Sometimes I feel like I'm just spinning my wheels. Wednesdays have become their own weird day. I have my morning meeting with my virtual therapist (she's a real person, but it's weird that we've only interacted through screens.) Then I pack up masks and insulated grocery bags for my weekly grocery trip to town. Last week I needed to schedule an allergy shot, and the clinic only had 11:30. After they pump me full of allergens, they always warn me not to exercise afterward, as stress can trigger a reaction. I admit I usually ignore this warning. But I try to avoid doing anything too strenuous because, at best, shots leave me feeling like garbage for the rest of the day. However, Wednesday feels like a rare escape, an opportunity to embark on a solo adventure from the far-away lowlands. I don't like to waste this opportunity. 

As I drove away from the allergy clinic at 12:45 p.m., my car thermometer read 91 degrees. Smoke from distant wildfires hung in the stagnant air, and the state issued an ozone alert for sensitive-lungs folks who react poorly to pollution (raises hand.) I'd skipped lunch but had no appetite, so I decided I'd start on an empty stomach but carry some snacks in case I felt peckish. The car needed gas, so I stopped at a gas station and gave in to the temptation to buy a 32-ounce bucket of iced Diet Pepsi. I gulped it in ten minutes on my way to the mouth of Lefthand Canyon, relished the rush of cold liquid surging through my system, and climbed on my road bike to begin the 5,000-foot ascent to Brainard Lake. 

Things were fine, for an hour or so. Despite the heat, I felt reasonably peppy and not overheated. The iced water in my bladder had stayed nice and icy while stored in a cooler, and I slurped it greedily. Then, suddenly, things became not fine. I felt dizzy. My heart was thumping. I thought it was a matter of oxygen deficiency, as exercise difficulties usually are for me. But when I stopped to catch my breath, my status did not improve. I kept pedaling, hoping it would pass, but a growing sense of desperation persisted. My hands started to shake enough that the front wheel shimmied somewhat. Finally, I decided I might just be on the verge of something terrible like allergy shot anaphylaxis — something I'd been warned about by my asthma doctor, but I'd long since written off the possibility. I turned the bike around and descended 400 feet to a large shaded pullout. My stomach was lurching but I forced down a package of cheese crackers and lay on my back in the dirt, watching puffy white clouds waft across the sky.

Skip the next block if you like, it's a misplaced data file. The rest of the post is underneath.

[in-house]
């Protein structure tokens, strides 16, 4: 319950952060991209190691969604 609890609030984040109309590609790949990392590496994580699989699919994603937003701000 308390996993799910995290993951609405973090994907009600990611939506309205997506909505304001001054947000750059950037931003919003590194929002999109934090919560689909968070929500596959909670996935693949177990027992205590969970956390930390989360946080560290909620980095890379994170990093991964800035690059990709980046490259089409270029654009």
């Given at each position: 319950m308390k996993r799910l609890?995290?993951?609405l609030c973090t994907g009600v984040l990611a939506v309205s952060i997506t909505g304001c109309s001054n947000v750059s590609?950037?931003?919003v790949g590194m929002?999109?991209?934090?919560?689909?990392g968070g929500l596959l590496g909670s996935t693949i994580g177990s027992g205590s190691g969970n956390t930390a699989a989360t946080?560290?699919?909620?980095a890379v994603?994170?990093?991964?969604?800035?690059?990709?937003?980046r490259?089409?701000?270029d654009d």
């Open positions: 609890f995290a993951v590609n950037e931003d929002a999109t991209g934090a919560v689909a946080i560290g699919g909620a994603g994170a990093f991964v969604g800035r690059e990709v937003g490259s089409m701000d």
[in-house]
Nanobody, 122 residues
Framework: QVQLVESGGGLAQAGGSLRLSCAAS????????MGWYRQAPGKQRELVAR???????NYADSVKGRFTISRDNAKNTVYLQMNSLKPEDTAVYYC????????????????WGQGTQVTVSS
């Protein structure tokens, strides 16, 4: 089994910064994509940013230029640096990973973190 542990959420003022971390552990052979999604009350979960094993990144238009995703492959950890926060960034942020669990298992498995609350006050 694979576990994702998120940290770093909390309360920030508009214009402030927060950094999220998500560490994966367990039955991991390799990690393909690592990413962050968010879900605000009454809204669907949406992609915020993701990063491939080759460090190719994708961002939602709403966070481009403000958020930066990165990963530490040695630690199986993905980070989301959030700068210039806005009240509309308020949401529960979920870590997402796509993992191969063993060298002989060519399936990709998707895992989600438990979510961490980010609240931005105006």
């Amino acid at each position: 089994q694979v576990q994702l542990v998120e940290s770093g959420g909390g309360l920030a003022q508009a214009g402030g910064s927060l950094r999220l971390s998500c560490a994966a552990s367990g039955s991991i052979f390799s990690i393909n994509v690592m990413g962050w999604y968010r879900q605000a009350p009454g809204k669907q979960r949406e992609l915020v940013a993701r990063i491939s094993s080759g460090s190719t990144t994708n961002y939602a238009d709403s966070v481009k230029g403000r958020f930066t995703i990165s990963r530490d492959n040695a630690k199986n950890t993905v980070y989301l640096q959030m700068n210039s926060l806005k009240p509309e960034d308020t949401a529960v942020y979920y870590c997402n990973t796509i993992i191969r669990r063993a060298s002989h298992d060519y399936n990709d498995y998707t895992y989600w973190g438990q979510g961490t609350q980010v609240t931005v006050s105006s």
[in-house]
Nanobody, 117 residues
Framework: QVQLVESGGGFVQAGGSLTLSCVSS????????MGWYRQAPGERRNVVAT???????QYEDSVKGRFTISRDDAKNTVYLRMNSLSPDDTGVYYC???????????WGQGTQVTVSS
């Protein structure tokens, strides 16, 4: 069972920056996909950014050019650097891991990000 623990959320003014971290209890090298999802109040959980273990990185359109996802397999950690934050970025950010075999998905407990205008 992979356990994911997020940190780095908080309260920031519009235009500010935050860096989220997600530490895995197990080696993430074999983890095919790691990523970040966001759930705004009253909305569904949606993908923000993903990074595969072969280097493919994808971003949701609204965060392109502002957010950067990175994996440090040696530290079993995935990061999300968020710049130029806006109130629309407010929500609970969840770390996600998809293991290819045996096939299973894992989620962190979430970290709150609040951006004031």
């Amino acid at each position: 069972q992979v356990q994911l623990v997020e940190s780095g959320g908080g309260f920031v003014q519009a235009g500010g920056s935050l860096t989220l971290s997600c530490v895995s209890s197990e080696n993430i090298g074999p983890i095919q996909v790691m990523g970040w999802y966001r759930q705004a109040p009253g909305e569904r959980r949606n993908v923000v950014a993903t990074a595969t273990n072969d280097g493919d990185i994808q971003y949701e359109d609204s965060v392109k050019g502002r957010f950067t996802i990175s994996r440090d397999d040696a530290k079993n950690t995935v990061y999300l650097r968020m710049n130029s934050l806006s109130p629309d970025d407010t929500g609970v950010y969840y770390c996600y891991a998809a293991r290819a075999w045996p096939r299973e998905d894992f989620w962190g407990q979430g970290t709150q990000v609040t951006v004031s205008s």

The carbs and salt went down, and after I few minutes of resting, I began to feel more centered. Maybe this wasn't allergy-shot-related, I thought. Maybe this was an electrolyte imbalance. It might also have been hypoglycemia. However, like most people who have been involved in endurance racing for years, my body is well-conditioned to move for hours without calories. It would be weird for me to have such a severe reaction after a single missed meal. But drinking a bunch of liquid with minimal salt and then sweating like a snowman in hell is something I'm more prone to — and also a recipe for hyponatremia. 

The crackers revived me enough that I stubbornly continued to the lake and then descended without issue. Back at the car, my thermometer read 107 degrees — because it had been sitting in the sun, but doesn't that mean it's basically the "feels like" temperature? It felt like 107 degrees. I masked up, staggered around the grocery stores, and headed home. I felt off for the rest of the evening, even after eating dinner. Only when I finally took a couple of salt tabs did the hand tremors finally cease altogether. Mild hyponatremia seems a likely culprit, and I resolved to be more careful in the future — heat is so much scarier than cold.